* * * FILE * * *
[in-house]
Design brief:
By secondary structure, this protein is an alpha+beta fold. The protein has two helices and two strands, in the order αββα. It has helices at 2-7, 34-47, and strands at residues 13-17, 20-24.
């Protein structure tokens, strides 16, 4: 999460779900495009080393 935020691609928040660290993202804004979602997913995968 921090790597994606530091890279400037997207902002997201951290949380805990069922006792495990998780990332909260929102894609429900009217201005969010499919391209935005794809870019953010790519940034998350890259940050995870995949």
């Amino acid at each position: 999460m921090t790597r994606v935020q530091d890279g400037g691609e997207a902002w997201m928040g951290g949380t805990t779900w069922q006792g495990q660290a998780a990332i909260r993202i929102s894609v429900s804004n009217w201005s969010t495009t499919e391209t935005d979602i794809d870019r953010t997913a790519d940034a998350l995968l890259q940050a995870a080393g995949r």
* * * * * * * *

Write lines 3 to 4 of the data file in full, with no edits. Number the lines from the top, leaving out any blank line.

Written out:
By secondary structure, this protein is an alpha+beta fold. The protein has two helices and two strands, in the order αββα. It has helices at 2-7, 34-47, and strands at residues 13-17, 20-24.
């Protein structure tokens, strides 16, 4: 999460779900495009080393 935020691609928040660290993202804004979602997913995968 921090790597994606530091890279400037997207902002997201951290949380805990069922006792495990998780990332909260929102894609429900009217201005969010499919391209935005794809870019953010790519940034998350890259940050995870995949």